McLean House, West Linn, OR
South Park UU Fellowship had no church building, but they still meet in the same place, an historic doctor’s house, built to include a clinic on the premises, situated in an arboretum overlooking the Willamette River at the west end of the bridge from West Linn to Oregon City. Members were drawn from both sides of the river, mostly families. When the kids got to adolescence, the children did not leave and even now those who have settled locally and are raising families still attend. New people are welcome.
The Sunday morning that persists in my mind was after there had been some media attention to kids who were getting tattoos and piercings. I tried to take an anthropological point of view, but the kids — who always actively spoke their minds during the so-called “sermon” which was more like a discussion anyway — took it to the personal level. I had offered “branding” as being the outer limits of what a person could do to mark themselves and asked, in a smart aleck way, “What’s next? Mutilation?” They informed me that they already knew of this happening. Mostly the ends of fingers cut off, which I recognized as being the old Blackfeet way of mourning. The youngsters were grieving for the world.
Far less extreme subjects — or maybe they weren’t — were about the natural world with as much emphasis on its beauty as on its usefulness. The UU principle that was central spoke of “the interdependent web of all being.” Another favorite speaker was a female poet from Ireland.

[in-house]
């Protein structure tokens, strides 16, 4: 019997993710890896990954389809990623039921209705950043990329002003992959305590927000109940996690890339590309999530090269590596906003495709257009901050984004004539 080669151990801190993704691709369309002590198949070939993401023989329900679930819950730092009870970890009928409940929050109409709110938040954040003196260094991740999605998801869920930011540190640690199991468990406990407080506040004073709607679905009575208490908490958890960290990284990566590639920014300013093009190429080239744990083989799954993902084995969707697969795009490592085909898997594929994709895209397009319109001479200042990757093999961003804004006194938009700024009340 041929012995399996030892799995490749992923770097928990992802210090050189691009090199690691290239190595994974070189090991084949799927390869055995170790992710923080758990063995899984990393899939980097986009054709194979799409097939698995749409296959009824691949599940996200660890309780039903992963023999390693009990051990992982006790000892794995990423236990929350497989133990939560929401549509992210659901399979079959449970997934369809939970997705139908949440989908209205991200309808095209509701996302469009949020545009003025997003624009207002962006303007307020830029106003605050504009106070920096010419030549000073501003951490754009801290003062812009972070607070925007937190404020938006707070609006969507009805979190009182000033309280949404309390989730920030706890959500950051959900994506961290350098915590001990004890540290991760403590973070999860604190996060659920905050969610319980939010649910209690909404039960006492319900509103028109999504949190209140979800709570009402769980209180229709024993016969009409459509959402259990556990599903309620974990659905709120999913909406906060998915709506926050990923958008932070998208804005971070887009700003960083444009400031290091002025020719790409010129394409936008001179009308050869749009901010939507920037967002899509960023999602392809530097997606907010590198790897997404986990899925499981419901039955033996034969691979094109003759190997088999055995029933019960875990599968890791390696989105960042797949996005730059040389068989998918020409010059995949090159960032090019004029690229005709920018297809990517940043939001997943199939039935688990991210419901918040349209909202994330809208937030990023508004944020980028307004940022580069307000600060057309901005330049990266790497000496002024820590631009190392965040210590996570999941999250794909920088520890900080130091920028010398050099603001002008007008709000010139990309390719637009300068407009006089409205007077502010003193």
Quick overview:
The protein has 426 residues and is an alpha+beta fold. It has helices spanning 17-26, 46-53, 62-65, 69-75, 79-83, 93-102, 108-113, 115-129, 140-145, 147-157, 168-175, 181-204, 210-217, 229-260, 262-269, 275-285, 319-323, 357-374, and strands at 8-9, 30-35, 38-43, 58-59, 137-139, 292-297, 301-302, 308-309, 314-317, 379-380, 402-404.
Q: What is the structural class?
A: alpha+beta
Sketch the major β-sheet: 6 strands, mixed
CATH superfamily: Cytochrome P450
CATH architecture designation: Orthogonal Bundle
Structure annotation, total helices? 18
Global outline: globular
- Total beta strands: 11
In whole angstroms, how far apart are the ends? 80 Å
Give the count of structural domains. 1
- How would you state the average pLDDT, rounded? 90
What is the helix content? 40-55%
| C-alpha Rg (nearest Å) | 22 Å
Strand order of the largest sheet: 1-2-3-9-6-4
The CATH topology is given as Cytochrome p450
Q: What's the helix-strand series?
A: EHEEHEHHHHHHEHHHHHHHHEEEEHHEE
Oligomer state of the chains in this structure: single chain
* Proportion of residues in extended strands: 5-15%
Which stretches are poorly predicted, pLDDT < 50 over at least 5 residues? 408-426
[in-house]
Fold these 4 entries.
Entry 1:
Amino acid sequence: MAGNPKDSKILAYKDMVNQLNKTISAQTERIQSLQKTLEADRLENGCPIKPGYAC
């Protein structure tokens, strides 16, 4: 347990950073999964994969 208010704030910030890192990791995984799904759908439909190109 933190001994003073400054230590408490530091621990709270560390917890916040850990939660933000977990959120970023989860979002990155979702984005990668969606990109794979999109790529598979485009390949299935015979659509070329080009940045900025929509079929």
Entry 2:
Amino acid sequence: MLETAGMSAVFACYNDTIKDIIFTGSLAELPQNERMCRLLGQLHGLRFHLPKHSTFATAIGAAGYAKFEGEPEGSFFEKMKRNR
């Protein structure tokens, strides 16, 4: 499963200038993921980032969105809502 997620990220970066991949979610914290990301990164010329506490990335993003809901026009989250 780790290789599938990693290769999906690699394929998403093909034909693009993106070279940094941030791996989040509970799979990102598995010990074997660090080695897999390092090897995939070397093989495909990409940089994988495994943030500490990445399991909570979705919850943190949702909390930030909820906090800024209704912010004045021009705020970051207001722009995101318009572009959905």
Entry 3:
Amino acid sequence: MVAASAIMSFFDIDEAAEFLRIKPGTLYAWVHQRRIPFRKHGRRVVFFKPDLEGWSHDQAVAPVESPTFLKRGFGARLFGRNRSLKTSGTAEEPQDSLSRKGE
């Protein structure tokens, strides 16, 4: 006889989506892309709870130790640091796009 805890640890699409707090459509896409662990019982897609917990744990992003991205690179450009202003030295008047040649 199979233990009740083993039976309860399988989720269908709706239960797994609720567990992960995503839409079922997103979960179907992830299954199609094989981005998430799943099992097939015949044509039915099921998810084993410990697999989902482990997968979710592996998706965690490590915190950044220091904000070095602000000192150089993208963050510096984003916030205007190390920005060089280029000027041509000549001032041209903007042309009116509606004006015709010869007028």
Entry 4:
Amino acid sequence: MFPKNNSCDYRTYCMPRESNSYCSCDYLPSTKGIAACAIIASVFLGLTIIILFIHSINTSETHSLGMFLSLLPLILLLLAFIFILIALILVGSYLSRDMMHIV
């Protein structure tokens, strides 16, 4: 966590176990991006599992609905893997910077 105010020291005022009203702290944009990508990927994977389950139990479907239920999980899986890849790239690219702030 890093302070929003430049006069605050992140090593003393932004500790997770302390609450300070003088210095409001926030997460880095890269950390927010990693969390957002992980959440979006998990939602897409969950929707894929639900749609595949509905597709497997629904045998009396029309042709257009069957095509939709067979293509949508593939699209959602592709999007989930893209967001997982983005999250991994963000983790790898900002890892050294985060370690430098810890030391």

Carl didn’t seem to act like a minister, but his presence served that purpose, not as a preacher or someone hustling tithes and membership, but as a model of what a gentle, strong, supportive and loving man could be. He steered clear of the idea of seminary and didn’t try to attend the meetings of the ministers, though according to UU polity, anyone recognized as the leader of a UU group could have legally attended. He wasn’t interested in becoming famous.
Nor did June act as though she had some special entitlement or dispensation as his wife. She just played the piano and tended to the details all the women and even some of the men watched out for. The marriage was 57 years long. (If I can figure out how to convert the photo June sent to a format that will post, I'll add it later.)
Awareness was the keynote, even of the youngsters. It’s something that is not taught, but comes from its modelling and expression in others. Carl had an endless supply that reached out to everyone. I never saw him on any occasion except the Sunday morning gathering and yet his graceful attentiveness reached me in Montana.
Carl Clapp was 81 years old, born on 06/23/1936. The following is from his dearly beloved wife, June.
After six weeks of home hospice for heart and kidney problems, Carl Clapp passed away on Saturday, February 24 2018, surrounded by his wife, children, grandchildren and close relatives.